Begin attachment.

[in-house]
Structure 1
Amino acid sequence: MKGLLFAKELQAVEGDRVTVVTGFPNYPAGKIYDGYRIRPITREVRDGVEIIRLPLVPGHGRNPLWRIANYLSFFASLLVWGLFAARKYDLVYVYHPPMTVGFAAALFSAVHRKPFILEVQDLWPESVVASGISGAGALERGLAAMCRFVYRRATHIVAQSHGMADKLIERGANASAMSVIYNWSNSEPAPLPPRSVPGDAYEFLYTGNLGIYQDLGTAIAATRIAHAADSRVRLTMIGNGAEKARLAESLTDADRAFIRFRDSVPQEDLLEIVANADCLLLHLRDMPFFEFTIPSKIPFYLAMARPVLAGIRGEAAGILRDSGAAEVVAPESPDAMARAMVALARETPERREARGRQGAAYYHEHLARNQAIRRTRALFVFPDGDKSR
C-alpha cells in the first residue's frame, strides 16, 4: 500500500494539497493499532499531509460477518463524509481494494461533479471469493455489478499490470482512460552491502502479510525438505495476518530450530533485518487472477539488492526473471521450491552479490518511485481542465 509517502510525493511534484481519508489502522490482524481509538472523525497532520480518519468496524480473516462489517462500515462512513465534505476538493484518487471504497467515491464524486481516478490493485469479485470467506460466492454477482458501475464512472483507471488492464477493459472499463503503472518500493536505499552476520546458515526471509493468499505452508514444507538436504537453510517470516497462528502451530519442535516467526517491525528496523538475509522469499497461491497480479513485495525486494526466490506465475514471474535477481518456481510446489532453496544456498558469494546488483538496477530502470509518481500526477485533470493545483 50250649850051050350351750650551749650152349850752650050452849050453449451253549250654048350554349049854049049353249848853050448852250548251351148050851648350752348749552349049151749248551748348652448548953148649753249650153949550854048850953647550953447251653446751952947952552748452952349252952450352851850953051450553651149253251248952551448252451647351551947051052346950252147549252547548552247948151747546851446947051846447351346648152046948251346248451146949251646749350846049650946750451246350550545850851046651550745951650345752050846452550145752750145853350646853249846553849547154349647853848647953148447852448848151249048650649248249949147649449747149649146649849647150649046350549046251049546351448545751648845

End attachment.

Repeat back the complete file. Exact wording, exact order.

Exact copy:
[in-house]
Structure 1
Amino acid sequence: MKGLLFAKELQAVEGDRVTVVTGFPNYPAGKIYDGYRIRPITREVRDGVEIIRLPLVPGHGRNPLWRIANYLSFFASLLVWGLFAARKYDLVYVYHPPMTVGFAAALFSAVHRKPFILEVQDLWPESVVASGISGAGALERGLAAMCRFVYRRATHIVAQSHGMADKLIERGANASAMSVIYNWSNSEPAPLPPRSVPGDAYEFLYTGNLGIYQDLGTAIAATRIAHAADSRVRLTMIGNGAEKARLAESLTDADRAFIRFRDSVPQEDLLEIVANADCLLLHLRDMPFFEFTIPSKIPFYLAMARPVLAGIRGEAAGILRDSGAAEVVAPESPDAMARAMVALARETPERREARGRQGAAYYHEHLARNQAIRRTRALFVFPDGDKSR
C-alpha cells in the first residue's frame, strides 16, 4: 500500500494539497493499532499531509460477518463524509481494494461533479471469493455489478499490470482512460552491502502479510525438505495476518530450530533485518487472477539488492526473471521450491552479490518511485481542465 509517502510525493511534484481519508489502522490482524481509538472523525497532520480518519468496524480473516462489517462500515462512513465534505476538493484518487471504497467515491464524486481516478490493485469479485470467506460466492454477482458501475464512472483507471488492464477493459472499463503503472518500493536505499552476520546458515526471509493468499505452508514444507538436504537453510517470516497462528502451530519442535516467526517491525528496523538475509522469499497461491497480479513485495525486494526466490506465475514471474535477481518456481510446489532453496544456498558469494546488483538496477530502470509518481500526477485533470493545483 50250649850051050350351750650551749650152349850752650050452849050453449451253549250654048350554349049854049049353249848853050448852250548251351148050851648350752348749552349049151749248551748348652448548953148649753249650153949550854048850953647550953447251653446751952947952552748452952349252952450352851850953051450553651149253251248952551448252451647351551947051052346950252147549252547548552247948151747546851446947051846447351346648152046948251346248451146949251646749350846049650946750451246350550545850851046651550745951650345752050846452550145752750145853350646853249846553849547154349647853848647953148447852448848151249048650649248249949147649449747149649146649849647150649046350549046251049546351448545751648845